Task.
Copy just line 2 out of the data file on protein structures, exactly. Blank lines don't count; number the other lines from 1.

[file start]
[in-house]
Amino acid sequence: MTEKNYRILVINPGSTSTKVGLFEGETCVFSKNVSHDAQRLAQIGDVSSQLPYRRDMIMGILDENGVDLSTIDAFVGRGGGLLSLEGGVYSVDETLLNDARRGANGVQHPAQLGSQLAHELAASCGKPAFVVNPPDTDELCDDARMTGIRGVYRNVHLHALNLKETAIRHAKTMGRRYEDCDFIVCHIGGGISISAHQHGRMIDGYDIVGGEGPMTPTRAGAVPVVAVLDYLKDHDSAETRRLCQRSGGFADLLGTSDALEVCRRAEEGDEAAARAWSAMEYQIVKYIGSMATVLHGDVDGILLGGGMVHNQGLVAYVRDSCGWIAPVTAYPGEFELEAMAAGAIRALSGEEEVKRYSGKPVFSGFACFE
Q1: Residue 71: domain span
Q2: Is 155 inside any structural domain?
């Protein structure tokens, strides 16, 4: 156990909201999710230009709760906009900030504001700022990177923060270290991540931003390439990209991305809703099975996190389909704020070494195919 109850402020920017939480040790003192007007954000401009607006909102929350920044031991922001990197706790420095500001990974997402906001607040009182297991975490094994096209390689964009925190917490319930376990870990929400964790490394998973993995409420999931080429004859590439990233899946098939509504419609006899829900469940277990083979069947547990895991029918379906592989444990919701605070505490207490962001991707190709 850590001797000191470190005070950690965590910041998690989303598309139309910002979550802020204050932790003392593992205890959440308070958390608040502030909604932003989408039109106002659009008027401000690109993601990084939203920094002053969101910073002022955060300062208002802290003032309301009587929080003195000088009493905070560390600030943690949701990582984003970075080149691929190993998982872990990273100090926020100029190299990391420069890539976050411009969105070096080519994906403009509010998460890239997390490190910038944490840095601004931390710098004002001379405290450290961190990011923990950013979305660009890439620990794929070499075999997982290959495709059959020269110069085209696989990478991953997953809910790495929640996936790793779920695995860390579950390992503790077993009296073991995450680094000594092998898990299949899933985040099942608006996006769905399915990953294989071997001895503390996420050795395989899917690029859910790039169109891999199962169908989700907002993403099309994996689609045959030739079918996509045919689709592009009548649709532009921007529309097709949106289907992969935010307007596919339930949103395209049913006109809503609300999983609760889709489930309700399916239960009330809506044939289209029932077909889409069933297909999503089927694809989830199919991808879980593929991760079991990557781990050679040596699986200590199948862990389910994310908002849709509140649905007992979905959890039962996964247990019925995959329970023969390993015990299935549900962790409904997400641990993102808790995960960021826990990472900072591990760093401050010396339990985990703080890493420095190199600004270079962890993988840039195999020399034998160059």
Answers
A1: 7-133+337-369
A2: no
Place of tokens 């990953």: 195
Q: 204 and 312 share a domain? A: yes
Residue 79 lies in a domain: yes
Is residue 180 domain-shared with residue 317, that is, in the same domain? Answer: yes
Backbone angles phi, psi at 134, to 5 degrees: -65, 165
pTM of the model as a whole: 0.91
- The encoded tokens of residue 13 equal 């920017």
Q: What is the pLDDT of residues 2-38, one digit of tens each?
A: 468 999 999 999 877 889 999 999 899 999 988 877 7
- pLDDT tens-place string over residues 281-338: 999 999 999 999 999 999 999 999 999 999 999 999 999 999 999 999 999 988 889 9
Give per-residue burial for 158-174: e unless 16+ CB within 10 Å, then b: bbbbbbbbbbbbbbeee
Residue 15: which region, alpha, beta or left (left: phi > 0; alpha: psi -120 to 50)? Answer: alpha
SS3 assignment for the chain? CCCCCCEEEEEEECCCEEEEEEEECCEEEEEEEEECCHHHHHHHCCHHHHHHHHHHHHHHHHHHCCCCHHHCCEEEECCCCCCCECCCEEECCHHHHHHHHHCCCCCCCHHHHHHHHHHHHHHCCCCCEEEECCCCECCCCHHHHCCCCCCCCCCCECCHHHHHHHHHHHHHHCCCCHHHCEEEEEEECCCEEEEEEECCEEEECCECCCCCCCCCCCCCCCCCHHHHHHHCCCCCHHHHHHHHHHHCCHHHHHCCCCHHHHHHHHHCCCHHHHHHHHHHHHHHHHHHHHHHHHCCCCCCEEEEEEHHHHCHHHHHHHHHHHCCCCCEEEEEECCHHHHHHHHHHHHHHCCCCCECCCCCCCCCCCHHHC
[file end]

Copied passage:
Amino acid sequence: MTEKNYRILVINPGSTSTKVGLFEGETCVFSKNVSHDAQRLAQIGDVSSQLPYRRDMIMGILDENGVDLSTIDAFVGRGGGLLSLEGGVYSVDETLLNDARRGANGVQHPAQLGSQLAHELAASCGKPAFVVNPPDTDELCDDARMTGIRGVYRNVHLHALNLKETAIRHAKTMGRRYEDCDFIVCHIGGGISISAHQHGRMIDGYDIVGGEGPMTPTRAGAVPVVAVLDYLKDHDSAETRRLCQRSGGFADLLGTSDALEVCRRAEEGDEAAARAWSAMEYQIVKYIGSMATVLHGDVDGILLGGGMVHNQGLVAYVRDSCGWIAPVTAYPGEFELEAMAAGAIRALSGEEEVKRYSGKPVFSGFACFE